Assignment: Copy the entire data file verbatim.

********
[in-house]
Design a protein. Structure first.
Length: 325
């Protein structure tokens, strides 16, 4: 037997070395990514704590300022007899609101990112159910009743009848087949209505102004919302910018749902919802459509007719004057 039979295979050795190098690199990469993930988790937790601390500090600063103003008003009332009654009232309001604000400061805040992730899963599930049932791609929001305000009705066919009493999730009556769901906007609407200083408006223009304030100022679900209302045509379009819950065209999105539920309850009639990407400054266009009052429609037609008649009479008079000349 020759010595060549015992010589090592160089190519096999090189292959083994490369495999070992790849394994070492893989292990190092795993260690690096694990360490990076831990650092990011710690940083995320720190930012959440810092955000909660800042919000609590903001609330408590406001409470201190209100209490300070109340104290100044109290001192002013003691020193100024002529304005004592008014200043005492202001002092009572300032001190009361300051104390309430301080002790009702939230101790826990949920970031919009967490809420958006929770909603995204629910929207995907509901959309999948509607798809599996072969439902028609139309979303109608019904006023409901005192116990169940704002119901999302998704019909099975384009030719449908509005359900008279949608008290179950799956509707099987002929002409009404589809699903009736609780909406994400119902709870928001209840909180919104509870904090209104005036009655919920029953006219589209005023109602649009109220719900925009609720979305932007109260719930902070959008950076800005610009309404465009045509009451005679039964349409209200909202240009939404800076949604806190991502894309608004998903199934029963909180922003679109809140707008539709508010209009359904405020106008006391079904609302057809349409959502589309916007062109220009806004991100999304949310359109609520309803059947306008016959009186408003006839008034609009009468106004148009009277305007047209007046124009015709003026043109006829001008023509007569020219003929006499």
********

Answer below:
[in-house]
Design a protein. Structure first.
Length: 325
């Protein structure tokens, strides 16, 4: 037997070395990514704590300022007899609101990112159910009743009848087949209505102004919302910018749902919802459509007719004057 039979295979050795190098690199990469993930988790937790601390500090600063103003008003009332009654009232309001604000400061805040992730899963599930049932791609929001305000009705066919009493999730009556769901906007609407200083408006223009304030100022679900209302045509379009819950065209999105539920309850009639990407400054266009009052429609037609008649009479008079000349 020759010595060549015992010589090592160089190519096999090189292959083994490369495999070992790849394994070492893989292990190092795993260690690096694990360490990076831990650092990011710690940083995320720190930012959440810092955000909660800042919000609590903001609330408590406001409470201190209100209490300070109340104290100044109290001192002013003691020193100024002529304005004592008014200043005492202001002092009572300032001190009361300051104390309430301080002790009702939230101790826990949920970031919009967490809420958006929770909603995204629910929207995907509901959309999948509607798809599996072969439902028609139309979303109608019904006023409901005192116990169940704002119901999302998704019909099975384009030719449908509005359900008279949608008290179950799956509707099987002929002409009404589809699903009736609780909406994400119902709870928001209840909180919104509870904090209104005036009655919920029953006219589209005023109602649009109220719900925009609720979305932007109260719930902070959008950076800005610009309404465009045509009451005679039964349409209200909202240009939404800076949604806190991502894309608004998903199934029963909180922003679109809140707008539709508010209009359904405020106008006391079904609302057809349409959502589309916007062109220009806004991100999304949310359109609520309803059947306008016959009186408003006839008034609009009468106004148009009277305007047209007046124009015709003026043109006829001008023509007569020219003929006499």